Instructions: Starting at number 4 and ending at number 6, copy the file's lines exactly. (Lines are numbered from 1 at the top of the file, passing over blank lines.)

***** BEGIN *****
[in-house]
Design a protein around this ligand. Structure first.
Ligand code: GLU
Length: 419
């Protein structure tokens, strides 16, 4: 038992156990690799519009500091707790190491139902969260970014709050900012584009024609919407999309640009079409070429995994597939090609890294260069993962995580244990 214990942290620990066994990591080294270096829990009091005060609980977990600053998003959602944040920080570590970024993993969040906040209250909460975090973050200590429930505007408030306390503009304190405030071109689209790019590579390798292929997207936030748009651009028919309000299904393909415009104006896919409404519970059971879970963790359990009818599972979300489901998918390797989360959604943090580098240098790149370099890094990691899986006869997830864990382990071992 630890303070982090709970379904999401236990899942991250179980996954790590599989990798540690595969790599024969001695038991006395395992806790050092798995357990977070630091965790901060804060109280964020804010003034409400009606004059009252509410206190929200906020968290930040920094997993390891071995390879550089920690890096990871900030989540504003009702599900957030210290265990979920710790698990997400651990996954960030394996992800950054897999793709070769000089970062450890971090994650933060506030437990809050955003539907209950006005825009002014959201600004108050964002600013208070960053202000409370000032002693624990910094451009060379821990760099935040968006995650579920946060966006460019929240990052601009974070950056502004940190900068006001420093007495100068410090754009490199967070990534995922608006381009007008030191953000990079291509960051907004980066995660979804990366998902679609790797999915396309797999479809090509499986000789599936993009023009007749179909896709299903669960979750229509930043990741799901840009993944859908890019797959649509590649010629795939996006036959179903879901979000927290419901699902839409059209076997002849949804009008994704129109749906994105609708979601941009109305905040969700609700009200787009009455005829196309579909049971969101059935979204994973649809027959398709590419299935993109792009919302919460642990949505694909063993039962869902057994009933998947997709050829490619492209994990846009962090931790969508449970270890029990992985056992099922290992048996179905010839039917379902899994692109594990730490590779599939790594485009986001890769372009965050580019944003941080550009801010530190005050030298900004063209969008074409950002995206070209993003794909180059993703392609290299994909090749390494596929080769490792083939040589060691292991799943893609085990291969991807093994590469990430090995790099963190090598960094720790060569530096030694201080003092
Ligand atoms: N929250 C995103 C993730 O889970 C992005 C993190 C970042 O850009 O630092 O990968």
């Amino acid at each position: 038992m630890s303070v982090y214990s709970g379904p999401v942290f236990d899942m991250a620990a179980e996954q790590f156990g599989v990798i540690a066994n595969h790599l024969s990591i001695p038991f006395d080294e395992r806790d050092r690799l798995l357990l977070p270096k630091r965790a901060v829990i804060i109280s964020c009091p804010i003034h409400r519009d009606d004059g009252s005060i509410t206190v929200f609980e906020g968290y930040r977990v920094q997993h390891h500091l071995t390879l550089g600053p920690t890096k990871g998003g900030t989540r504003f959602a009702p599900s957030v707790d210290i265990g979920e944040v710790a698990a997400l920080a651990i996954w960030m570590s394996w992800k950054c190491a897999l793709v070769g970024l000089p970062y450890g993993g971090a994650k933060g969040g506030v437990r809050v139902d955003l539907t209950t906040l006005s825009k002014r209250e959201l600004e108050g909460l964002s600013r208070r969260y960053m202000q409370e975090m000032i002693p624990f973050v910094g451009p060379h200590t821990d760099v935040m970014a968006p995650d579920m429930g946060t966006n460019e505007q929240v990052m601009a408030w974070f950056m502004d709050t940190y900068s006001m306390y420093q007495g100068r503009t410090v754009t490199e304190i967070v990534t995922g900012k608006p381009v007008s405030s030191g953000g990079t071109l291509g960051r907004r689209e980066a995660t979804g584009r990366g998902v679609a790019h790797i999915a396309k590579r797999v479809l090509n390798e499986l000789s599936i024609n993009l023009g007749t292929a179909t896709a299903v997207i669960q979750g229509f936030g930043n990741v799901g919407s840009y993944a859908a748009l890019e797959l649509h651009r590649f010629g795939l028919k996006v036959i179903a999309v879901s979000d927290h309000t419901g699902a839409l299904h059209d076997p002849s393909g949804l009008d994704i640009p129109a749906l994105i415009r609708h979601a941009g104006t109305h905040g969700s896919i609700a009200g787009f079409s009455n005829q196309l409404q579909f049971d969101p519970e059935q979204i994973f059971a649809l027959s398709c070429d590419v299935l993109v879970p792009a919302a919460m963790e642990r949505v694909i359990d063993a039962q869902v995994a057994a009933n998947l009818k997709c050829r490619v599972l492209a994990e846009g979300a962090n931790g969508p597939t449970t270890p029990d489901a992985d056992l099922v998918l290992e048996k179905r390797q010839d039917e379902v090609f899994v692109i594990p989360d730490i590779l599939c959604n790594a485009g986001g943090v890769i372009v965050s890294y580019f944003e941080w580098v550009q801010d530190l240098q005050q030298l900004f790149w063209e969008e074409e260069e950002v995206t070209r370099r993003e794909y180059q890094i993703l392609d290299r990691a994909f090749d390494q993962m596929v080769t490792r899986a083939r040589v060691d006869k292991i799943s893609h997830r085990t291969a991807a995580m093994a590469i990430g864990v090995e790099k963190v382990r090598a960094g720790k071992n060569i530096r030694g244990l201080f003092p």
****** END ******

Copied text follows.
Length: 419
């Protein structure tokens, strides 16, 4: 038992156990690799519009500091707790190491139902969260970014709050900012584009024609919407999309640009079409070429995994597939090609890294260069993962995580244990 214990942290620990066994990591080294270096829990009091005060609980977990600053998003959602944040920080570590970024993993969040906040209250909460975090973050200590429930505007408030306390503009304190405030071109689209790019590579390798292929997207936030748009651009028919309000299904393909415009104006896919409404519970059971879970963790359990009818599972979300489901998918390797989360959604943090580098240098790149370099890094990691899986006869997830864990382990071992 630890303070982090709970379904999401236990899942991250179980996954790590599989990798540690595969790599024969001695038991006395395992806790050092798995357990977070630091965790901060804060109280964020804010003034409400009606004059009252509410206190929200906020968290930040920094997993390891071995390879550089920690890096990871900030989540504003009702599900957030210290265990979920710790698990997400651990996954960030394996992800950054897999793709070769000089970062450890971090994650933060506030437990809050955003539907209950006005825009002014959201600004108050964002600013208070960053202000409370000032002693624990910094451009060379821990760099935040968006995650579920946060966006460019929240990052601009974070950056502004940190900068006001420093007495100068410090754009490199967070990534995922608006381009007008030191953000990079291509960051907004980066995660979804990366998902679609790797999915396309797999479809090509499986000789599936993009023009007749179909896709299903669960979750229509930043990741799901840009993944859908890019797959649509590649010629795939996006036959179903879901979000927290419901699902839409059209076997002849949804009008994704129109749906994105609708979601941009109305905040969700609700009200787009009455005829196309579909049971969101059935979204994973649809027959398709590419299935993109792009919302919460642990949505694909063993039962869902057994009933998947997709050829490619492209994990846009962090931790969508449970270890029990992985056992099922290992048996179905010839039917379902899994692109594990730490590779599939790594485009986001890769372009965050580019944003941080550009801010530190005050030298900004063209969008074409950002995206070209993003794909180059993703392609290299994909090749390494596929080769490792083939040589060691292991799943893609085990291969991807093994590469990430090995790099963190090598960094720790060569530096030694201080003092
Ligand atoms: N929250 C995103 C993730 O889970 C992005 C993190 C970042 O850009 O630092 O990968």